Howard played Steve Bolander in George Lucas's coming-of-age film American Graffiti in 1973. A role in an installment of series Love, American Style, titled "Love and the Television Set", led to his being cast as Richie Cunningham in the TV series Happy Days (for syndication, the segment was re-titled "Love and the Happy Days"). Beginning in 1974, he played the likeable "buttoned-down" boy, in contrast to Henry Winkler's "greaser" Arthur "Fonzie"/"The Fonz" Fonzarelli. On the Happy Days set, he developed an on- and off-screen chemistry with series leads Winkler and Tom Bosley. The three remained friends until Bosley's death in October 2010.
In 1976, Howard played Gillom Rogers in the movie The Shootist, with John Wayne. Howard's last significant on-screen role was a reprisal of his famous role as Opie Taylor in the 1986 TV movie Return to Mayberry, an Andy Griffith Show reunion reuniting him with Griffith, Don Knotts, and most of the cast. He also appeared in two Happy Days TV reunions: 1992's The Happy Days Reunion Special, a retrospective hosted by Winkler that aired on ABC; and 2005's The Happy Days 30th Anniversary Reunion, where he was reunited with most of the surviving cast.
Before leaving Happy Days in 1980, Howard made his directing debut with the 1977 low-budget comedy/action film Grand Theft Auto. This came after cutting a deal with Roger Corman, wherein Corman let Howard direct a film in exchange for Howard starring in Eat My Dust!, with Christopher Norris. Howard went on to direct several TV movies. His big theatrical break came in 1982, with Night Shift, featuring Michael Keaton, Shelley Long, and Henry Winkler.
He has since directed a number of high-visibility films, including Splash, Cocoon, Willow, Parenthood, Backdraft, Apollo 13, How the Grinch Stole Christmas, A Beautiful Mind (for which he won the Academy Award for Best Director), Cinderella Man, The Da Vinci Code, Angels & Demons, Rush, In the Heart of the Sea and Inferno.
Howard showcased the world premiere of his film Frost/Nixon at the 2008 London Film Festival in October 2008.
Howard was the recipient of the Austin Film Festival's 2009 Extraordinary Contribution to Filmmaking Award. Michael Keaton presented him with the Award.
On June 22, 2017 it was announced that Howard will take over directing duties on the Untitled Han Solo film, a film based on Star Wars character Han Solo in his younger years. The film is due for release on May 25, 2018. Howard replaces directors Phil Lord and Christopher Miller who were let go from their position a two days earlier, reportedly due to their refusal to compromise with Lucasfilm over the direction of the film and going off script, trying to make the film more of a comedy. The film was nearly completed with three and a half weeks left before it wrapped and another five weeks of reshoots scheduled. Howard posted on Twitter his response to taking over directing duties on the film saying "I'm beyond grateful to add my voice to the Star Wars Universe after being a fan since 5/25/77. I hope to honor the great work already done & help deliver on the promise of a Han Solo film."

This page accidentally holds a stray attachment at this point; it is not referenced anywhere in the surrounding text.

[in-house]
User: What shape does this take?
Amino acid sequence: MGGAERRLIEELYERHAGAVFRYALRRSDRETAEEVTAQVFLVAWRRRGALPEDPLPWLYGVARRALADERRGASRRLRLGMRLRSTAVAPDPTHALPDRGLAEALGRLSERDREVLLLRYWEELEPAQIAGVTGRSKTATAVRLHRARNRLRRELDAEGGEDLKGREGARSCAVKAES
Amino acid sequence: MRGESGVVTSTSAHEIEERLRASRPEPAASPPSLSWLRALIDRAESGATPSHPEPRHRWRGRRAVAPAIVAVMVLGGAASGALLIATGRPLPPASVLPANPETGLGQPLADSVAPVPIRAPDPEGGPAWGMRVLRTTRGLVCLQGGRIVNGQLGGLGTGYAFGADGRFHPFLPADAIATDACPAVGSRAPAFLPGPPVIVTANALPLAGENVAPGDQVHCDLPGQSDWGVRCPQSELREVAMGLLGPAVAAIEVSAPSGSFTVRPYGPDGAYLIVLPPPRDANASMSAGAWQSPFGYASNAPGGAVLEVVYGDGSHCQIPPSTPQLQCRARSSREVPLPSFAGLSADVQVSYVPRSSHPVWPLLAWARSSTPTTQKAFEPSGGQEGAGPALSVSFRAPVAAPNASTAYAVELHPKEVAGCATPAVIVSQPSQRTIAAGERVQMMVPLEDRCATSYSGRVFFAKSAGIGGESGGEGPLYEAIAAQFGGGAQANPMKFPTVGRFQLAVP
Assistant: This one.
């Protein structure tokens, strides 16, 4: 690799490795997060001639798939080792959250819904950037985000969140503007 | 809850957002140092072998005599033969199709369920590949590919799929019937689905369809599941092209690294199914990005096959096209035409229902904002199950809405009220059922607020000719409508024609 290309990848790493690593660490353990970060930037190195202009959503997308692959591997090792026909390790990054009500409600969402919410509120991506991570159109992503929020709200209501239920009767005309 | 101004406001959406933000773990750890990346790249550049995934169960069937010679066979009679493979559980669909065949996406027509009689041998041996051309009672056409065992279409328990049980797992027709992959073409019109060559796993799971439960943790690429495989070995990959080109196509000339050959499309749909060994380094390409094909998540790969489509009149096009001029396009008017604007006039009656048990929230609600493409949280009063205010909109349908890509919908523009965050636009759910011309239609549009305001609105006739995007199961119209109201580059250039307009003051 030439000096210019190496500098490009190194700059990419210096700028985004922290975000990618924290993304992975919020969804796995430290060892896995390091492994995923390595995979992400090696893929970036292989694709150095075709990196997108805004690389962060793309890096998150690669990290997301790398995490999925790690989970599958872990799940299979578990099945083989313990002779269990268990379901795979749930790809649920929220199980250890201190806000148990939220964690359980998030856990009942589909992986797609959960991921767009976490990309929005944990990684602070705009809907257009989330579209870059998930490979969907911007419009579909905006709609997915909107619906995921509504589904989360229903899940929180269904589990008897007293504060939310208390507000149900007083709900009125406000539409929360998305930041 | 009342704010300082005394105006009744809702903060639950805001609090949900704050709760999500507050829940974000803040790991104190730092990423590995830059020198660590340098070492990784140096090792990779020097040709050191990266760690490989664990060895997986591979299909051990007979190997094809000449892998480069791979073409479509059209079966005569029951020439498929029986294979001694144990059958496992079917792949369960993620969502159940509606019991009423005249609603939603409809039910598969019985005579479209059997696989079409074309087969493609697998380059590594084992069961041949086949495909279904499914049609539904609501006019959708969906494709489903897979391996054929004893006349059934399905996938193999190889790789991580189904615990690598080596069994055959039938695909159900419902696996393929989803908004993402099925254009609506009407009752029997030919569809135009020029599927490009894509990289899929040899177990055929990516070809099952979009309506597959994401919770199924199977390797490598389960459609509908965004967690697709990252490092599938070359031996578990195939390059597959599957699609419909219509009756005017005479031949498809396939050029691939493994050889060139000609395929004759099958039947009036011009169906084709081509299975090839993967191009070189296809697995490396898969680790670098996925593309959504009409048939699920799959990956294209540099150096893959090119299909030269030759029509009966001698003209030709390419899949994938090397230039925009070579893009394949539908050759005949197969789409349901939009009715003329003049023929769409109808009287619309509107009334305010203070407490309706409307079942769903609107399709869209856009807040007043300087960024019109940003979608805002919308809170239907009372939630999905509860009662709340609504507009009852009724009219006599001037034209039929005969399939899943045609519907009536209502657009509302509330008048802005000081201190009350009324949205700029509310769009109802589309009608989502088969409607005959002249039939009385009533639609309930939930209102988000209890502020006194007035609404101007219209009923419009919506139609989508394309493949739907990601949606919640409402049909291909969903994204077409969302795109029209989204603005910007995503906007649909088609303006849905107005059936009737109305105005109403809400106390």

Howard is the co-chairman, with Brian Grazer, of Imagine Entertainment, a film and television production company. Imagine has produced several films including Friday Night Lights, 8 Mile, and Inside Deep Throat, as well as the television series 24, Felicity, and Arrested Development which Howard also narrated.
In July 2012 it was announced Imagine had put in development Conquest for Showtime. A period drama based on the 16th century conquest of the Aztecs by Spanish Conquistadors. To be directed by Howard, the series was originally planned as a feature film before it being decided that the project was more suited to television.
As part of Imagine Entertainment, he appeared in a 1997 print ad for Milk – Where's your mustache?, in which he wore a cap for Imagine Entertainment and sported a milk mustache. Earlier versions show a younger Ronny Howard on the other side.
In 2009, He appeared in the Jamie Foxx music video "Blame It".
Howard married writer Cheryl Alley (b. 1953) on June 7, 1975. They have four children: daughters Bryce Dallas Howard (b. 1981), twins Jocelyn Carlyle and Paige Howard (b. 1985), and son Reed Cross (b. 1987).
Howard, a Democrat, supported Barack Obama in both his successful campaigns for President of the United States.